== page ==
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    Postdoc in exoskeleton design at the University of Southern California


    Applicants are invited to consider a postdoctoral fellowship position in the pediatric movement disorders laboratory at the University of Southern California department of Biomedical Engineering, under the direction of Dr. Terence Sanger. We have obtained funding for a new project on myoelectrically-controlled upper-extremity exoskeleton prostheses for children with brain injury. Many of these children suffer from cerebral palsy, neurodegenerative diseases, or other neurological disorders affecting movement. The overall goal of the laboratory is to understand, quantify, and treat movement disorders by using computational neuroscience techniques to model the causes of both normal and abnormal movements, to model the role of learning in both the cause and recovery from developmental motor disorders, and to develop new technology based on these results to improve the lives of affected children. The exoskeleton project is intended to provide a near-term solution for improved function, by facilitating the voluntary components of movement while limiting involuntary or abnormal
    components of movement.

    The initial project includes construction and human-subjects testing of a lightweight wearable shoulder-elbow exoskeleton with McKibben pneumatic muscles as the primary assistive power source. Force in the muscles will be controlled by sEMG processed via nonlinear filtering. Other available laboratory technology includes magnetic motion tracking, multi-channel surface EMG, repetitive transcranial magnetic stimulation (rTMS), special-purpose biofeedback equipment, single-joint and multi-joint haptic robots, synchronized digital video capture, and amplifiers and data interface for scalp evoked potential measurements. We have developed high-capacity neural network models of motor systems implemented in programmable (FPGA) hardware and graphics processing unit (GPU) hardware. Ongoing theoretical projects investigate Bayesian nonlinear signal processing and stochastic control algorithms for understanding and interacting with the human motor system.

    The postdoctoral fellow will be primarily responsible for the design, construction, and initial testing of upper extremity exoskeleton prototypes. The fellow will have access to all necessary equipment and supplies, and is expected to supervise 1-3 graduate students involved in the project. The fellow will participate in the development of multiple degree of freedom myoelectric human-robot interfaces, which is a collaborative project with investigators at Politecnico di Milano and Fondazione S. Lucia in Rome. The fellow will also be involved with other experiments in the laboratory, including experiments on motor behavior under variable risk, tests of the mechanism of deep-brain stimulation, and modeling of data processing based on multi-channel in vivo recording from basal ganglia of children with movement disorders. There is considerable flexibility in the design of experiments, and the fellow will be encouraged to pursue additional areas of interest.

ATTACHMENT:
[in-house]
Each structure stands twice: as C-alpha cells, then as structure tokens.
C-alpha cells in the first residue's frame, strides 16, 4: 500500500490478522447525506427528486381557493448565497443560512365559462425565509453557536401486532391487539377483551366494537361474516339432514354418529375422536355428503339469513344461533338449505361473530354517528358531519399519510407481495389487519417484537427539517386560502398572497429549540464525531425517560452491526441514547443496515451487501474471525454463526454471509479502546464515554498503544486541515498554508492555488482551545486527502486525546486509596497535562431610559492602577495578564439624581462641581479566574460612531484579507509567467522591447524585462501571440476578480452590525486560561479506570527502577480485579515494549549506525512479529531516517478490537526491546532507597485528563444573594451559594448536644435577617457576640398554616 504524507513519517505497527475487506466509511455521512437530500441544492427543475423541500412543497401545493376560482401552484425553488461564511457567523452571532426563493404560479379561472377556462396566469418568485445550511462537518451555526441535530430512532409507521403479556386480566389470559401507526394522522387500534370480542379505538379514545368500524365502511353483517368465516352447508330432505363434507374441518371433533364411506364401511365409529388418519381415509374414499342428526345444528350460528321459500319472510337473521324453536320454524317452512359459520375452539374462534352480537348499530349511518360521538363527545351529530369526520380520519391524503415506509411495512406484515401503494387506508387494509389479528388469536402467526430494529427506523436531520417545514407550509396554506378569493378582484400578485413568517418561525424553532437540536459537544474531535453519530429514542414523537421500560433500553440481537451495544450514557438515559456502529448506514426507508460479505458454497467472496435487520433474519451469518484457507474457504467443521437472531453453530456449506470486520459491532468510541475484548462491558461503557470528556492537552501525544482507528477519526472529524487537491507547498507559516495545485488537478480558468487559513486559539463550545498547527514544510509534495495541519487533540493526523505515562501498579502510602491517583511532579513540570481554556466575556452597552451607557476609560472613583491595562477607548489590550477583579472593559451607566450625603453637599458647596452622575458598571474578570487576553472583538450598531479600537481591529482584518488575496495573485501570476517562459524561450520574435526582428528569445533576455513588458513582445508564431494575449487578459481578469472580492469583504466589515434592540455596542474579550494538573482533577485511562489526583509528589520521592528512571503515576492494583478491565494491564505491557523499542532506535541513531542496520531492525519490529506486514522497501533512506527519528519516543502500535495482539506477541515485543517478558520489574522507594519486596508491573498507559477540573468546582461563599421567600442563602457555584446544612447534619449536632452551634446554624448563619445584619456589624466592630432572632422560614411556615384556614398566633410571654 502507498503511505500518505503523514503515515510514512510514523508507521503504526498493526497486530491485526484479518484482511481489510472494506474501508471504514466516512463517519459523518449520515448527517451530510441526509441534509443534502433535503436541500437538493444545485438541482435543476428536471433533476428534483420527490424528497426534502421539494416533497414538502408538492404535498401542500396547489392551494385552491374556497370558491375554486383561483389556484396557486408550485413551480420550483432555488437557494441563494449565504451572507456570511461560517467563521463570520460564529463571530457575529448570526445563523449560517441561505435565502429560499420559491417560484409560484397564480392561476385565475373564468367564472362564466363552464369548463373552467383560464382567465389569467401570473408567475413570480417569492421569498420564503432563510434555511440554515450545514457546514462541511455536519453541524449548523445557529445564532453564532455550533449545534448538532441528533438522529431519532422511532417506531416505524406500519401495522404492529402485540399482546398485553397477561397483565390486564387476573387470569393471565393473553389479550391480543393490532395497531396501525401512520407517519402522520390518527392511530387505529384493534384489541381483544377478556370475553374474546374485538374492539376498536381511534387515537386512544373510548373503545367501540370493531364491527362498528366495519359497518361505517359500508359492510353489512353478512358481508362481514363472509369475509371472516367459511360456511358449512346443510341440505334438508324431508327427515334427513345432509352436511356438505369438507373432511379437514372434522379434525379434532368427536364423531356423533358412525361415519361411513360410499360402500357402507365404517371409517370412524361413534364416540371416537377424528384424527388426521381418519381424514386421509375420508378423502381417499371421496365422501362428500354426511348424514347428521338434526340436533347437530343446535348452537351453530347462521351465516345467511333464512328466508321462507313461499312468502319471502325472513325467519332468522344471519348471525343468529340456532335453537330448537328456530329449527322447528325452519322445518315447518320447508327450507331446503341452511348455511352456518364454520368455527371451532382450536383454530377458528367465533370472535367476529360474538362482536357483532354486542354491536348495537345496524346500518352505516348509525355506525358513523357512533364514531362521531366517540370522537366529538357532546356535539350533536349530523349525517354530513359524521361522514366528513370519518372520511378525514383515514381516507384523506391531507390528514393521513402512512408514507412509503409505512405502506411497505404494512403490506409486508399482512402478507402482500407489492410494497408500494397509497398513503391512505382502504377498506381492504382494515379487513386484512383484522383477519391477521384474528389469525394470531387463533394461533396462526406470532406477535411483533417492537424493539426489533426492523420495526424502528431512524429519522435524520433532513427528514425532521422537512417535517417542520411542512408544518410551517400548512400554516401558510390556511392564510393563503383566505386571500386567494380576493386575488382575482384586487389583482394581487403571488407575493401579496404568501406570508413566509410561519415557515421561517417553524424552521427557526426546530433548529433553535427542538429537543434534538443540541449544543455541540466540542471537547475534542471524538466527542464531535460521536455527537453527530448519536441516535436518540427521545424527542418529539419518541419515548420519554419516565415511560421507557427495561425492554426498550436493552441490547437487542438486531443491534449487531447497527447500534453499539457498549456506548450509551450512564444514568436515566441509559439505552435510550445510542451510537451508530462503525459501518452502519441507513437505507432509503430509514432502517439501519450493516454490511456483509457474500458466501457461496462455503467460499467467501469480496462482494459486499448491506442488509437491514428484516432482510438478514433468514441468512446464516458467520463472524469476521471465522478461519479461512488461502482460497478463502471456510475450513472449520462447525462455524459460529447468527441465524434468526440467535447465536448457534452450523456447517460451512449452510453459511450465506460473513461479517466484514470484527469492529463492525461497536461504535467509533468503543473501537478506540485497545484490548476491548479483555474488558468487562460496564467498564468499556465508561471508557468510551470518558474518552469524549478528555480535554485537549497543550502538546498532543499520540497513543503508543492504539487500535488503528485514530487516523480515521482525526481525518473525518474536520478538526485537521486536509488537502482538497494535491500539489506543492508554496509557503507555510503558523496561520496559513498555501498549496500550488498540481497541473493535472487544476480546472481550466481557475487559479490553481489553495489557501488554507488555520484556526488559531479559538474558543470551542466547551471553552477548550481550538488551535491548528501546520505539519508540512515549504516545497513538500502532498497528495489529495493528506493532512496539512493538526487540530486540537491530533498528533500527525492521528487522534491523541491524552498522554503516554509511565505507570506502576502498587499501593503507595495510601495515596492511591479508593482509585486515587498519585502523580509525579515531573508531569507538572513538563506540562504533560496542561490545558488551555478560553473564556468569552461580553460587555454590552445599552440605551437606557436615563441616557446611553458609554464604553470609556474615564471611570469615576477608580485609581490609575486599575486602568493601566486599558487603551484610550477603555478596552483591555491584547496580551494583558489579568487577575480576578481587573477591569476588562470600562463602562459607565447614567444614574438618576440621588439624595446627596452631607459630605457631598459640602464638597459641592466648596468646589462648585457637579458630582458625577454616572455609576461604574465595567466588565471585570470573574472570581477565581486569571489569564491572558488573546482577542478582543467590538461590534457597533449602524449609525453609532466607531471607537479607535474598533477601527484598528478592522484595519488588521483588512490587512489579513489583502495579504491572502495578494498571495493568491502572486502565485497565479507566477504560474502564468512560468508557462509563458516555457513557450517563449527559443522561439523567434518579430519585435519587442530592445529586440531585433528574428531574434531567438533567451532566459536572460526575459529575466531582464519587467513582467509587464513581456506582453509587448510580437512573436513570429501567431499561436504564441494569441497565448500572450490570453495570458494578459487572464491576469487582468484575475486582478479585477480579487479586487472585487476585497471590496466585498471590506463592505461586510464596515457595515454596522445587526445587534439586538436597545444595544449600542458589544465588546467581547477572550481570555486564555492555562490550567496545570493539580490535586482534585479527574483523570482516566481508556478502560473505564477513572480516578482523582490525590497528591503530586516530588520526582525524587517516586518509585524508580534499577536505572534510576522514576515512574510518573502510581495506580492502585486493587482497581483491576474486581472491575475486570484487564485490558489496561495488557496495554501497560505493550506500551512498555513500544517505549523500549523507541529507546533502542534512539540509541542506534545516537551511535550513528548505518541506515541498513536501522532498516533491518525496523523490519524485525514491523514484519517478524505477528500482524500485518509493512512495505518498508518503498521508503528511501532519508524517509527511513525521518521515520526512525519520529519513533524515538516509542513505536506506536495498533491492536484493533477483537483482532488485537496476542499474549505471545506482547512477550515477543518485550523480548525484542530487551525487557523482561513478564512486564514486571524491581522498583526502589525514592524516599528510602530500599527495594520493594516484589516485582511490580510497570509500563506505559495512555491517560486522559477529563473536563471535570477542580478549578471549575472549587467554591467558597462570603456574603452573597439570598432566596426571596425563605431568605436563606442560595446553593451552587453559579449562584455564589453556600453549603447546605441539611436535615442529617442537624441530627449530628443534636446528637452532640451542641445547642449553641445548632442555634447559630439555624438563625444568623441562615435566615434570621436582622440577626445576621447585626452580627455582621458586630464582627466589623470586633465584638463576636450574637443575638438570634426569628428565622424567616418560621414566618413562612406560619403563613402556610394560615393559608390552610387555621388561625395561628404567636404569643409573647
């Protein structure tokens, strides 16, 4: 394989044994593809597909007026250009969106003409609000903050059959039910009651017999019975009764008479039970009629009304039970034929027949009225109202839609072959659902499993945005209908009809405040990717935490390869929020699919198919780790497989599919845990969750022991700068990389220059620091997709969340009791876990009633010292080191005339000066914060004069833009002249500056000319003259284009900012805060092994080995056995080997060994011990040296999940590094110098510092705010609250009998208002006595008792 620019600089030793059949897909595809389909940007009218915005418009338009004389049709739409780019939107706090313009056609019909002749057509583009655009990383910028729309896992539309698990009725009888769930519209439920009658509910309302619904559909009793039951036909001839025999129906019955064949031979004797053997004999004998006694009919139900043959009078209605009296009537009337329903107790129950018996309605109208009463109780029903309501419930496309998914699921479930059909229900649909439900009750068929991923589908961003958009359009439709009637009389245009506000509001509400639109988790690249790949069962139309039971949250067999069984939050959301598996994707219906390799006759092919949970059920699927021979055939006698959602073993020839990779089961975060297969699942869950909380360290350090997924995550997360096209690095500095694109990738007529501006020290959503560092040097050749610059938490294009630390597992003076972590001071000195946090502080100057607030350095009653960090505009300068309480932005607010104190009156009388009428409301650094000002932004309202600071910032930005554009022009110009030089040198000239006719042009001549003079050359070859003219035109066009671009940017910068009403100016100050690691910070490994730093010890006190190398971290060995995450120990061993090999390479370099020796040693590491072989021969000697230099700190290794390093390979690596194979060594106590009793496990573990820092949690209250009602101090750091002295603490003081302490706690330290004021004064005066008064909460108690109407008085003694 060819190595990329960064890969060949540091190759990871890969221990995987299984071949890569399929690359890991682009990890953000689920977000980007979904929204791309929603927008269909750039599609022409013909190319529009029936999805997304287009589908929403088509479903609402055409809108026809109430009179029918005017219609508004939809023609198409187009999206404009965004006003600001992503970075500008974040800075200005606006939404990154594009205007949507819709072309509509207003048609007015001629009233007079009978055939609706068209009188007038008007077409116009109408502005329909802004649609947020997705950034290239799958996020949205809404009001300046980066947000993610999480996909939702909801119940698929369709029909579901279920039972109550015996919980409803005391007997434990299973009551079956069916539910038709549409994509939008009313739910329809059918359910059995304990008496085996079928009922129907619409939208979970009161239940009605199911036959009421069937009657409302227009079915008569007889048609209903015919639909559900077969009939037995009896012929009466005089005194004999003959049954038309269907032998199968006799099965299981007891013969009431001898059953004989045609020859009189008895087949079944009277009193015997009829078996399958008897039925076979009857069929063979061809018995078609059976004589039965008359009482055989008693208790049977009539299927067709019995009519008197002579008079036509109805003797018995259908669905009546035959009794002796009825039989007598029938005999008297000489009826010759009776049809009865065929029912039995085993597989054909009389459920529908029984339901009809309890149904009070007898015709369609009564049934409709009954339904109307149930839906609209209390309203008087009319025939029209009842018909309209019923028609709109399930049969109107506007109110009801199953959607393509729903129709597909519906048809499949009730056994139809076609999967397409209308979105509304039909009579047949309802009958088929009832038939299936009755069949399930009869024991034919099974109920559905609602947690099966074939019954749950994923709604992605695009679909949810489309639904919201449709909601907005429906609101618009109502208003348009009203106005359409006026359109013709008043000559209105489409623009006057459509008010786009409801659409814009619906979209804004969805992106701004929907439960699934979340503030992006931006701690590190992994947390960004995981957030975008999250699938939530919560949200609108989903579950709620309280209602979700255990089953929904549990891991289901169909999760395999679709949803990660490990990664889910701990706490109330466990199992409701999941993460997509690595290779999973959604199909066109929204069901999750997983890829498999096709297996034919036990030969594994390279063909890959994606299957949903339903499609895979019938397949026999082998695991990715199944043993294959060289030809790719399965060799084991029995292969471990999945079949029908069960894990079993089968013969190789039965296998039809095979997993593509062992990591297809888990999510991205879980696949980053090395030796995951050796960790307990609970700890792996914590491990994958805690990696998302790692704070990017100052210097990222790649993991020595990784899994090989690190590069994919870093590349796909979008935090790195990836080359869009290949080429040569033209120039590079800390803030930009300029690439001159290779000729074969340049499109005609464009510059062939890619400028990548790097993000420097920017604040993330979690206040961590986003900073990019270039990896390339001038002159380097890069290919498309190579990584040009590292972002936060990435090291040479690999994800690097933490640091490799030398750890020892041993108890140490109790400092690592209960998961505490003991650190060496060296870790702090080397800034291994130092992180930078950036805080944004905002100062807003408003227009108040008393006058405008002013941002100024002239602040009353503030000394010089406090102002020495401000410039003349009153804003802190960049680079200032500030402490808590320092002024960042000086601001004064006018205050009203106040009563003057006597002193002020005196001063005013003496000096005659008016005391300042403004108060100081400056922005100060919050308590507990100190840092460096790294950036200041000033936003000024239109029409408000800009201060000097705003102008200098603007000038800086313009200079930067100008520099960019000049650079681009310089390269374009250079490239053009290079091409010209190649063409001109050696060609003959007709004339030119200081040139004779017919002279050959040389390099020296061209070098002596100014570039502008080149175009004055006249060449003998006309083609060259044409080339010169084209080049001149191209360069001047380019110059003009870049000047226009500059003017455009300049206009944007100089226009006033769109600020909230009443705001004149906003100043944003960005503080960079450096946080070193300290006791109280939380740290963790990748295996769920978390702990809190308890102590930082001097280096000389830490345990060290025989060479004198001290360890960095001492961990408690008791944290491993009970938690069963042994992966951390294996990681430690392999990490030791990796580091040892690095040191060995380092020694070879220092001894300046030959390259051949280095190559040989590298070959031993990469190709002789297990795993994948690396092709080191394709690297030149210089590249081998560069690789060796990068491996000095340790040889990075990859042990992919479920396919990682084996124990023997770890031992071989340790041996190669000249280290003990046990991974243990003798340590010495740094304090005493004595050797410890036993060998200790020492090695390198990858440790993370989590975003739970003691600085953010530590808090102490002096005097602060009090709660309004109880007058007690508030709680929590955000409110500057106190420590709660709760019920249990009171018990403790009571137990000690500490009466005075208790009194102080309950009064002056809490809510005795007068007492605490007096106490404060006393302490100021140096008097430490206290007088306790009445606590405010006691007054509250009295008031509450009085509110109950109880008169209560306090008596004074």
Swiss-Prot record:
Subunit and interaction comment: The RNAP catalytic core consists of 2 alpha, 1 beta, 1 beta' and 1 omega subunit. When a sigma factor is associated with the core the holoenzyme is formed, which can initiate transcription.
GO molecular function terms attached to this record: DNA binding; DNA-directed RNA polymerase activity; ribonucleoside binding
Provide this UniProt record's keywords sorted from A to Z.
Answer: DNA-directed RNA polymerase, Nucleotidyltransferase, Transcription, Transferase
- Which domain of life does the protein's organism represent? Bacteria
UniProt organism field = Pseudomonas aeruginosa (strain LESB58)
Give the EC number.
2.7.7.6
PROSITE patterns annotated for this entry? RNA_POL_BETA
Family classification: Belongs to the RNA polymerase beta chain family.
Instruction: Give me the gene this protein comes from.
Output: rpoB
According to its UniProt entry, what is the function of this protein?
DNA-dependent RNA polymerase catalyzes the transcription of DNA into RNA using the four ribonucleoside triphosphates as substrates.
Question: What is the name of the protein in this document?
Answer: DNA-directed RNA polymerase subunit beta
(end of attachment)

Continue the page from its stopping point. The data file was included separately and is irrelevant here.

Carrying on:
The fellow will receive training in the recognition of specific diagnoses and in the design of experiments for children with motor disorders including cerebral palsy, dystonia, and chorea. This training will occur through observation of clinics at Children’s Hospital of Los Angeles, as well as close contact with children during experiments.

    I seek a highly motivated candidate with particular interest in understanding and treating pathological movement in children. Appropriate background includes a PhD in Robotics, Mechanical Engineering, Electrical Engineering, BioEngineering, or a related field. Background should include familiarity with robot mechanical design and control, ideally with specific experience in the design of human upper or lower-extremity exoskeletons. Experience in human subjects research is highly desirable. Familiarity with Matlab and a statistical analysis package such as R, the Matlab statistics package, or SPSS is important. Candidates should have strong programming skills suitable for design of robot interface and control algorithms. Electronic interface and/or analog circuit design experience is helpful.

    The position is available starting in the Summer or Fall of 2017. Salary is competitive and is set by USC rules depending on level of training. US resident and visa-eligible international candidates are welcome to apply. Please email a CV, letter of interest, and contact information for references to:

    Terence D. Sanger, MD PhD
    University of Southern California
    Dept. Biomedical Engineering, Biokinesiology, Child Neurology
    1042 Downey Way, DRB 140, Los Angeles, CA 90089-1111
    cell: (650) 714-9475, office: (323) 300-5970, Fax: (323)297-2991
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